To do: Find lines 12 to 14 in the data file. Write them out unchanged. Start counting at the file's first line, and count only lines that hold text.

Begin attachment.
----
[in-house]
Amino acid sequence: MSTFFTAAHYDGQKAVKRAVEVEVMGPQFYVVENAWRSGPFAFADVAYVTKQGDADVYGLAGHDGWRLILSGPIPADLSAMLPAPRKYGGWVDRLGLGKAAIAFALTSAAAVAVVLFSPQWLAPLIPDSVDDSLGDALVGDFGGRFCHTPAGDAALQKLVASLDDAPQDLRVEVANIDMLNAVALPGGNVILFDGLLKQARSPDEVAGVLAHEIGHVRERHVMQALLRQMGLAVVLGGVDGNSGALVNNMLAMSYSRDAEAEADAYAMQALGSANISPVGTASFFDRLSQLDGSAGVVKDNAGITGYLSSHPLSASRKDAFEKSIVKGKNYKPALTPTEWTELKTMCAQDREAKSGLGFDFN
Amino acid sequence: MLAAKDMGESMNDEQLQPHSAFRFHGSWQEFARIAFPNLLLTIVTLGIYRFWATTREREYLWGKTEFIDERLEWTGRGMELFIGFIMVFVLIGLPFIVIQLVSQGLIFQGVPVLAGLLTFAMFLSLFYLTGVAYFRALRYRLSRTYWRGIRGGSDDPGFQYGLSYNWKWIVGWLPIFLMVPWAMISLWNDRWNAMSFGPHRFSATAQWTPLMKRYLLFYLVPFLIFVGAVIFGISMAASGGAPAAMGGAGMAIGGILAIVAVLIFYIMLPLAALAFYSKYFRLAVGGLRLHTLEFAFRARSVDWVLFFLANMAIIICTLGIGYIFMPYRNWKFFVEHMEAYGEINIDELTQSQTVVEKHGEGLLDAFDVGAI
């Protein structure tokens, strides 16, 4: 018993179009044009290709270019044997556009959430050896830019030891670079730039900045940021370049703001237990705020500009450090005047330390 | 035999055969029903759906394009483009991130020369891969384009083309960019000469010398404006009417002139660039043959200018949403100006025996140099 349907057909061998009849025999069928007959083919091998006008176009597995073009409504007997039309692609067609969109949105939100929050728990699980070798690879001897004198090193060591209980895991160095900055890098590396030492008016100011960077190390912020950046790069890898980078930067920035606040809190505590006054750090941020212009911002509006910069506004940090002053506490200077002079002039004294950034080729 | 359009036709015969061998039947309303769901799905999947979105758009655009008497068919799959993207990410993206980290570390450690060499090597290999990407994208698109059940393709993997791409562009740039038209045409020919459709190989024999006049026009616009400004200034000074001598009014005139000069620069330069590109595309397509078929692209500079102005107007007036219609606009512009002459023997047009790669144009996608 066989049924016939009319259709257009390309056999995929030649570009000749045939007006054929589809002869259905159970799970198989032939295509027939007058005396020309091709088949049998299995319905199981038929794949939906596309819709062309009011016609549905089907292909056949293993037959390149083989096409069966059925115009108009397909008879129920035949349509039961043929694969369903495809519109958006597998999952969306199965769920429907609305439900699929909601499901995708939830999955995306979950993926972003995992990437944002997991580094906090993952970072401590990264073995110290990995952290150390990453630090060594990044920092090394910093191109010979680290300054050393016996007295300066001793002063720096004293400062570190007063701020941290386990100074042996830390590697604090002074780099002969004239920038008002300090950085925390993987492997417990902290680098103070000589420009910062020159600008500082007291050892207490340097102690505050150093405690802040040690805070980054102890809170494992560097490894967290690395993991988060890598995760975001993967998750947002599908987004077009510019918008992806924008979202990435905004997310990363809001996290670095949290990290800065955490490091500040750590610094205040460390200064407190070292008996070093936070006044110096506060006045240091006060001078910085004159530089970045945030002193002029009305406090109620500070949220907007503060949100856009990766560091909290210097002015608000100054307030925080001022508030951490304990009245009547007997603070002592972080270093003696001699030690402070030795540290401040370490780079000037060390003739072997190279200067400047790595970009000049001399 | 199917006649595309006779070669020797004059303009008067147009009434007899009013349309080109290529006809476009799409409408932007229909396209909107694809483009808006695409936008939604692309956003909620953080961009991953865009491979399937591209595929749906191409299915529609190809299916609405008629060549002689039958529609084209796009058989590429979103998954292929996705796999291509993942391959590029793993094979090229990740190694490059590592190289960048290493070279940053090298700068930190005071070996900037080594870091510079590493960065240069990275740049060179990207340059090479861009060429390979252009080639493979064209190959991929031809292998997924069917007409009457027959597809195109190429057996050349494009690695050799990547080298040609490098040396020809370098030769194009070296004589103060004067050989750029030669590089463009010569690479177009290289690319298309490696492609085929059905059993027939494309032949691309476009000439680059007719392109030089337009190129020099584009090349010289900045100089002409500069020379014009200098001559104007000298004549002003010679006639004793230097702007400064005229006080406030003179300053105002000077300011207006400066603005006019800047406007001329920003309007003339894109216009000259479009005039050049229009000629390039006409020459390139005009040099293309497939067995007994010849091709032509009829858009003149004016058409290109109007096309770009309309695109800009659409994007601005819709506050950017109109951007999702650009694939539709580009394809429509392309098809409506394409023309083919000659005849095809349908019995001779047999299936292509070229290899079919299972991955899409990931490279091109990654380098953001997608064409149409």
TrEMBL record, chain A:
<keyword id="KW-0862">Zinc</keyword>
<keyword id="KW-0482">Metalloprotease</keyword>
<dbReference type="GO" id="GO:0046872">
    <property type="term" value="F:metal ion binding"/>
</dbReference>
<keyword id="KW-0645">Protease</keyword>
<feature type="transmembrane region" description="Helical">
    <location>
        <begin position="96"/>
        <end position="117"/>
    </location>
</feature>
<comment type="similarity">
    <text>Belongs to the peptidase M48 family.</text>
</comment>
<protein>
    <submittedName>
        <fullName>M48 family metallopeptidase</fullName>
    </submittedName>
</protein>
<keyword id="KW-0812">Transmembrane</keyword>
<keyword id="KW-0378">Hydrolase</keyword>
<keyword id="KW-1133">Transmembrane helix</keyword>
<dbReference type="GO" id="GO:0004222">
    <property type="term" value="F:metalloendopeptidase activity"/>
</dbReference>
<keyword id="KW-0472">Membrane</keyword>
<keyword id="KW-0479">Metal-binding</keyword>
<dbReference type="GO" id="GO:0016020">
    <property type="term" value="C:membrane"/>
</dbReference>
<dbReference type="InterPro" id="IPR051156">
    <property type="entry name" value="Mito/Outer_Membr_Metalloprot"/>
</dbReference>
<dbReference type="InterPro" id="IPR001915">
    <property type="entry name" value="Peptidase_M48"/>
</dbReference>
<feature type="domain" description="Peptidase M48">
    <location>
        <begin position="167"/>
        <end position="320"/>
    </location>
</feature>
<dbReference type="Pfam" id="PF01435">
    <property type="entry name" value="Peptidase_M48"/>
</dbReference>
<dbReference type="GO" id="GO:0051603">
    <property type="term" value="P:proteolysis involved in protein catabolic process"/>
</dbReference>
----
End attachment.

<feature type="transmembrane region" description="Helical">
    <location>
        <begin position="96"/>